Premier Sean Chen unveiled a stimulus package Sept. 11 consisting of five major initiatives -- adjusting the industrial structure, boosting investment, promoting exports, strengthening talent training and enhancing government efficiency.
The package, which will cost less than NT$120 billion (US$4.07 billion) and will account for less than 0.5 percent of the country's gross domestic product, can hardly cope with the challenges faced by the economy or live up to the high expectations of the public.
It cannot compare with the vigorous steps taken by other countries.
South Korea, for example, launched another US$5.23 billion stimulus package Sept. 10, after a first wave, costing US$7.54 billion, was activated in late June. Furthermore, the country's central bank is prepared to lower its key interest rates by 0.25 percentage points Sept. 13 to give an extra boost to the economy.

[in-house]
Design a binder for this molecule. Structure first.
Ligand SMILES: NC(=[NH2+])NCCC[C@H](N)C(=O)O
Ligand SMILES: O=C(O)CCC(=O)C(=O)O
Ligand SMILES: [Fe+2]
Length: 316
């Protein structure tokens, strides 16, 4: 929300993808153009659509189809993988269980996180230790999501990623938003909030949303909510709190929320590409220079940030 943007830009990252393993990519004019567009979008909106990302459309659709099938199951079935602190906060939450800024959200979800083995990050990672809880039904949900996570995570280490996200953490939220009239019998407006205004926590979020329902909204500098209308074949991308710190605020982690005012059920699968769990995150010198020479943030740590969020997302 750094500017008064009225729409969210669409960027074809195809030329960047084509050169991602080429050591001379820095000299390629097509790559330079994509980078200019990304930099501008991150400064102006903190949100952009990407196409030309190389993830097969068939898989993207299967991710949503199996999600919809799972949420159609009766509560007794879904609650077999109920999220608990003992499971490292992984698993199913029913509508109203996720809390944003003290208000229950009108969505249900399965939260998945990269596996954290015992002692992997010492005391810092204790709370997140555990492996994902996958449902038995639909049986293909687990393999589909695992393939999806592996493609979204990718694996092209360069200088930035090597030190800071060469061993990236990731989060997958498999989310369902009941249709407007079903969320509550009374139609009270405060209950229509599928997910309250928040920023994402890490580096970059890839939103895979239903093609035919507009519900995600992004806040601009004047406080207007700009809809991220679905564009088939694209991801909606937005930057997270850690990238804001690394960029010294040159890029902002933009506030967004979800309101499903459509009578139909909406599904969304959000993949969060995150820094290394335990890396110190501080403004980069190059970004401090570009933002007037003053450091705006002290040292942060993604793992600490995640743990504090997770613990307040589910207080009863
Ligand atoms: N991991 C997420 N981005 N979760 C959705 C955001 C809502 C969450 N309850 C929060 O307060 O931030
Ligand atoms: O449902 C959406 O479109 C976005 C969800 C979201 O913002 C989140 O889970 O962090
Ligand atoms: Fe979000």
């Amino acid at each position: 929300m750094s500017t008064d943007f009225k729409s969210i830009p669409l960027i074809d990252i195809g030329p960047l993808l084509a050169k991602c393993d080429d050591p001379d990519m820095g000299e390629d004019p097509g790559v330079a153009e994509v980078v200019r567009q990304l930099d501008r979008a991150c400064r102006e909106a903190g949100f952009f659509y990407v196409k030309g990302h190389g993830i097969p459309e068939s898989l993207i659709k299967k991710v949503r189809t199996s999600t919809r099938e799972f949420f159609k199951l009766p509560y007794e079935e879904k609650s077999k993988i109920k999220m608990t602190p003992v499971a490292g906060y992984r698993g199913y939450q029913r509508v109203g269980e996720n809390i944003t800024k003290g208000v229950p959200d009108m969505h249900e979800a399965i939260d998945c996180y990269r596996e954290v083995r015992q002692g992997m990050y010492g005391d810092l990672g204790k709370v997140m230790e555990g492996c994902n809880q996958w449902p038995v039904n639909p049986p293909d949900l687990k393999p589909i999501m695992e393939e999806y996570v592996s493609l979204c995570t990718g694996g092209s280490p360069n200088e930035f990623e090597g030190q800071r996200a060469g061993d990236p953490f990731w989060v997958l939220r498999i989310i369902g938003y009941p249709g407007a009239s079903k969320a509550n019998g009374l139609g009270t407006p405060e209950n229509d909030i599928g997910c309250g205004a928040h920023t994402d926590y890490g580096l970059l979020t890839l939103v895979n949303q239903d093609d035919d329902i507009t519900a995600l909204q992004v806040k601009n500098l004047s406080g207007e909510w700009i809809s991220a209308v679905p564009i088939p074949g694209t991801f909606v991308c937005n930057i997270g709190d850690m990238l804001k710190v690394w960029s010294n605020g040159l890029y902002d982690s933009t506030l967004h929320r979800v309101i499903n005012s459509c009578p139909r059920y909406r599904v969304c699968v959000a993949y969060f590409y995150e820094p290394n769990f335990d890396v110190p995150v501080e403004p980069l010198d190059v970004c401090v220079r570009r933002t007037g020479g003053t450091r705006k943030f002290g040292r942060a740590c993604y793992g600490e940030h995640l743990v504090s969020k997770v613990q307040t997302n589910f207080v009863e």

Based on the package put forth by Chen, this paper cannot see any determination or ambition in the government to rescue the economy in such a way that people can actually feel it. The package contains too little meat and comprises mainly old ideas, which is disappointing.
In the face of the worsening economy, Taiwan needs to learn from the forceful and aggressive manner of South Korean policymakers. (Editorial abstract -- Sept. 13, 2012)
(By Y.F. Low)